13. Milk consumption, on the other hand has decreased by 33% in the last 30 years.

14. Each additional daily serving of soda increases a child’s chance risk for obesity by 60%.

15. In the last 25 years, the obesity rate in California rose from 8.9%  to 24.3%. That’s one in four Californians!

16. The cost in medical and health expenses to the state is estimated at $41 billion.
Gives some perspective on what the CEO of Coca Cola wrote in the Wall Street Journal about Coke not causing Obesity, doesn’t it?

What to do at the supermarket:

OK. Soft drinks in and of themselves are not evil, and there is room for them here and there as a treat, just like ice cream and candy. They can hardly be considered a daily staple, although that is exactly what they have become thanks to the efforts of the beverage industry.

But you can easily fight back. Just skip the beverage aisle at the supermarket on your next grocery trip. And the one after that. And the one after. In one year, you’ll have saved $500 for a family of four, AND most likely lost a few pounds too.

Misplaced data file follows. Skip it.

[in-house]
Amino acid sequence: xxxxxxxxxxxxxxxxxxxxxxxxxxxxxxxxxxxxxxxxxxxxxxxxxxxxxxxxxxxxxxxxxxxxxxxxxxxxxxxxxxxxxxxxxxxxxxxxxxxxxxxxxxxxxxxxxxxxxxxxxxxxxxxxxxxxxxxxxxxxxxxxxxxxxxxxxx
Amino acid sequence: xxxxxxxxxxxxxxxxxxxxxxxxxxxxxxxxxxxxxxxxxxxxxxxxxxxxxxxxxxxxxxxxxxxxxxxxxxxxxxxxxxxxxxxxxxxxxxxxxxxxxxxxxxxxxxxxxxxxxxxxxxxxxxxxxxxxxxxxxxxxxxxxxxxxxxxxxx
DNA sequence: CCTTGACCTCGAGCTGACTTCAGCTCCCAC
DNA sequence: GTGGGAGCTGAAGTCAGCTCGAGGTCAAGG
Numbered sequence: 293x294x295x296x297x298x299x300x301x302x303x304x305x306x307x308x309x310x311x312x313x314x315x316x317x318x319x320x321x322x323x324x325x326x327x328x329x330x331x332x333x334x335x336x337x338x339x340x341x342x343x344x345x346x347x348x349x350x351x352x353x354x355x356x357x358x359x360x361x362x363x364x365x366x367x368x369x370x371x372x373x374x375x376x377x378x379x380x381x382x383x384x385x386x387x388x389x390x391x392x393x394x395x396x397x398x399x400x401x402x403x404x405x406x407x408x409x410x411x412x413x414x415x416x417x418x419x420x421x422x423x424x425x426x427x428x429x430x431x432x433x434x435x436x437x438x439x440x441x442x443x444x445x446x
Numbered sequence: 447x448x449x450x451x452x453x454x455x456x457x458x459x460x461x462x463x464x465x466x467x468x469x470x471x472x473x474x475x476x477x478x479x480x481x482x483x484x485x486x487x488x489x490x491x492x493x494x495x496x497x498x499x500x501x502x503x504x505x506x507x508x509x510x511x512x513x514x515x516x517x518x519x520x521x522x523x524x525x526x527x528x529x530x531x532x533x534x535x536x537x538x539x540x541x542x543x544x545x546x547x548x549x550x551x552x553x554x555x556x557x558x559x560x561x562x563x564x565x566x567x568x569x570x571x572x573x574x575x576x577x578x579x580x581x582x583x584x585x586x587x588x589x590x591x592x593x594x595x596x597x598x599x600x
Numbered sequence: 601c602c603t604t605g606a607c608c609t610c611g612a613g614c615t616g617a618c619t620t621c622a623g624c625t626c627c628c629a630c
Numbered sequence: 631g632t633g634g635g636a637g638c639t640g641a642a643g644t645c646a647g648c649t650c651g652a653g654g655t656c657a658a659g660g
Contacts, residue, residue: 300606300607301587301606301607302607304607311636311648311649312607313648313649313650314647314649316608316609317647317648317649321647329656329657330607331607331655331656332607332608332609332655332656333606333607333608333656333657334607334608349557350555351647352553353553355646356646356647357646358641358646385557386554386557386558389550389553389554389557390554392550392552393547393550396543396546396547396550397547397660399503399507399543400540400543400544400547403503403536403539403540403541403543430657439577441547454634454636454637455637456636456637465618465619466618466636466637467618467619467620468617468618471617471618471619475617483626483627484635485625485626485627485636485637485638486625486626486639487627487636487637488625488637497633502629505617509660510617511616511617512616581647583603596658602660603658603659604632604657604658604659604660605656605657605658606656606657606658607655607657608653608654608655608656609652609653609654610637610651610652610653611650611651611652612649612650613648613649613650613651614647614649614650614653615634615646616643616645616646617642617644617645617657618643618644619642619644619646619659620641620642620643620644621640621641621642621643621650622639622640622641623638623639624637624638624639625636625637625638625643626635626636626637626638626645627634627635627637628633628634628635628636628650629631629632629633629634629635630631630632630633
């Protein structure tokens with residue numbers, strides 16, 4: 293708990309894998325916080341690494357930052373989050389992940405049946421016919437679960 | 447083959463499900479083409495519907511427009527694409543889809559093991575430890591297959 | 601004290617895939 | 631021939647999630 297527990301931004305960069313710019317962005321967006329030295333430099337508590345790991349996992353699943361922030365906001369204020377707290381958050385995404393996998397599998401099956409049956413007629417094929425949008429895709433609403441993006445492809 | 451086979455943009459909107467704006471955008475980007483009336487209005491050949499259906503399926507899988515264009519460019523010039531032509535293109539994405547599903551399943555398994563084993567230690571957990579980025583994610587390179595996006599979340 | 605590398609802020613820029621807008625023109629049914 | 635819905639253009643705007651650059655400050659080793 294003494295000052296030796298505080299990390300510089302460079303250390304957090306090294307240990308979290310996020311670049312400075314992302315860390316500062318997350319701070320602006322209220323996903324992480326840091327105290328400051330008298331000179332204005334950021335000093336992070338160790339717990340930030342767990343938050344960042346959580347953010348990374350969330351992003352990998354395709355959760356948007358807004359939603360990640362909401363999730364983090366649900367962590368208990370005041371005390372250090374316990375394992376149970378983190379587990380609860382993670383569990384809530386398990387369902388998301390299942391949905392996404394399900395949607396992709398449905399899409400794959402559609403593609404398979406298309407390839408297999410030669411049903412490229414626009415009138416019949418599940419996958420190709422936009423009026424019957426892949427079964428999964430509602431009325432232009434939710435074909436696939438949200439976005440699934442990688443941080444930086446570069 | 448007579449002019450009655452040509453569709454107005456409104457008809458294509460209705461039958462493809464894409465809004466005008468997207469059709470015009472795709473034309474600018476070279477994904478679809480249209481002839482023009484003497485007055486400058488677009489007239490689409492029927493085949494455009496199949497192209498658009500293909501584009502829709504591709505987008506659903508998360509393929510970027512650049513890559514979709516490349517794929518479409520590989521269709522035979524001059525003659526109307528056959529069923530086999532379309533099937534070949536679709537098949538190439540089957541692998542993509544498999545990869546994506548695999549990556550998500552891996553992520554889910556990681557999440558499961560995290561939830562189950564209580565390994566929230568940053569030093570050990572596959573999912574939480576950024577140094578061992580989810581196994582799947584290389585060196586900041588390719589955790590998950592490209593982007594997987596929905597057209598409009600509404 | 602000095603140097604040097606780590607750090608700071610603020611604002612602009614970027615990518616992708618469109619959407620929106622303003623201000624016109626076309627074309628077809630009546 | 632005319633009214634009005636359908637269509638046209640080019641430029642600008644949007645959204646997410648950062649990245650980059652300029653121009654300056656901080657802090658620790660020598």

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  • http://www.weightymatters.ca Yoni Freedhoff

    Thanks folks!

    I’m interviewing the president of the AAFP on Thursday and had planned a literature review this morning to cull facts like these – thanks for doing my work for me.

    Regards,
    Yoni

    • dfjdkfkjdfjd

      hi

  • http://mybiglife.com Kelsey